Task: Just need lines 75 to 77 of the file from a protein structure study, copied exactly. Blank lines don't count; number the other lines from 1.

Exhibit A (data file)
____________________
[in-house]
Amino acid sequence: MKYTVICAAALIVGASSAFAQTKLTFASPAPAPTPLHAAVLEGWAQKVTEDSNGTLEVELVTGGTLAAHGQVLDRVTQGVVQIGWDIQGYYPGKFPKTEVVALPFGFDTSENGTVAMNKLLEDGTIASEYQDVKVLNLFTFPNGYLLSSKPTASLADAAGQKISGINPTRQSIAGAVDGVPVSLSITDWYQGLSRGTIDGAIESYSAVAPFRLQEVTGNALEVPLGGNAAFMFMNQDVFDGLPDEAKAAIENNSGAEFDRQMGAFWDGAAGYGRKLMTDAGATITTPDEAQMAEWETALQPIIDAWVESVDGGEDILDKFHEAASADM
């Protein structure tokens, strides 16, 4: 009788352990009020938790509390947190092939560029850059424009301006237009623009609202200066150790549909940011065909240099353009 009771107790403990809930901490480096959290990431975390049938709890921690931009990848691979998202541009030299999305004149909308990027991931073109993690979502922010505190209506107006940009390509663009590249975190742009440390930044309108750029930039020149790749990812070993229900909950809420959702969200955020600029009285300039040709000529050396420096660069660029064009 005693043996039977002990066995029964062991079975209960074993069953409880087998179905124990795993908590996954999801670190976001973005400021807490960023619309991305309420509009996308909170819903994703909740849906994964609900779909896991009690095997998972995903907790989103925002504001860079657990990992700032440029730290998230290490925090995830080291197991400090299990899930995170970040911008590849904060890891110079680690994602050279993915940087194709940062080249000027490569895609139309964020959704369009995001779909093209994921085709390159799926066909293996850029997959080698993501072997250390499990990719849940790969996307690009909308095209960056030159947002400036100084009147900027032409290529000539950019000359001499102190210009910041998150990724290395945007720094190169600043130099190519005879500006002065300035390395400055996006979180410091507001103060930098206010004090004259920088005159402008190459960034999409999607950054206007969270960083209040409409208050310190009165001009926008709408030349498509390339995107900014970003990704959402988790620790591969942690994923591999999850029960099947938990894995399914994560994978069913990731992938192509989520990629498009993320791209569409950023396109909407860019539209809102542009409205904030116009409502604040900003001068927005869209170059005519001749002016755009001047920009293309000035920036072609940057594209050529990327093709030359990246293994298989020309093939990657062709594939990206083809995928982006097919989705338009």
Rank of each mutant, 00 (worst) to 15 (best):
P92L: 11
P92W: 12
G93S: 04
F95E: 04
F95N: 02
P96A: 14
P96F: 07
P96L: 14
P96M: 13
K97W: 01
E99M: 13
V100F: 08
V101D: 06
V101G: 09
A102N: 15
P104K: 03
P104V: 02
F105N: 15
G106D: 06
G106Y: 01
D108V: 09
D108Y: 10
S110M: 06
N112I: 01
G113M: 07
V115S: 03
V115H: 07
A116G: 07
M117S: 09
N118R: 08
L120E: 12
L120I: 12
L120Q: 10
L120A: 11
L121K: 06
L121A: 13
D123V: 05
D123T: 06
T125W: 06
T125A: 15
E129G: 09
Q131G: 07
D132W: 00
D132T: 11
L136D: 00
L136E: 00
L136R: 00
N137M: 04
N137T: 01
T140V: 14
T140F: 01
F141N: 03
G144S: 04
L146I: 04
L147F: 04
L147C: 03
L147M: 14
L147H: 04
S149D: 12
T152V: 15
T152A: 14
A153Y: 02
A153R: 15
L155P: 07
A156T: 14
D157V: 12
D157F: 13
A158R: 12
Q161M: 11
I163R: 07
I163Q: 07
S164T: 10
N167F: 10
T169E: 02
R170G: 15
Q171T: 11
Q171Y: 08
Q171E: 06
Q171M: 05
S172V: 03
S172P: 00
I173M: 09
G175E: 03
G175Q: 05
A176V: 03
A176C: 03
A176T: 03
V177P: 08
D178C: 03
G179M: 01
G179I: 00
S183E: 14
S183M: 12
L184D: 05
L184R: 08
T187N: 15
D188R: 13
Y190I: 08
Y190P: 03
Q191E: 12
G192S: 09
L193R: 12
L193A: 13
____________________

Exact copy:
I163Q: 07
S164T: 10
N167F: 10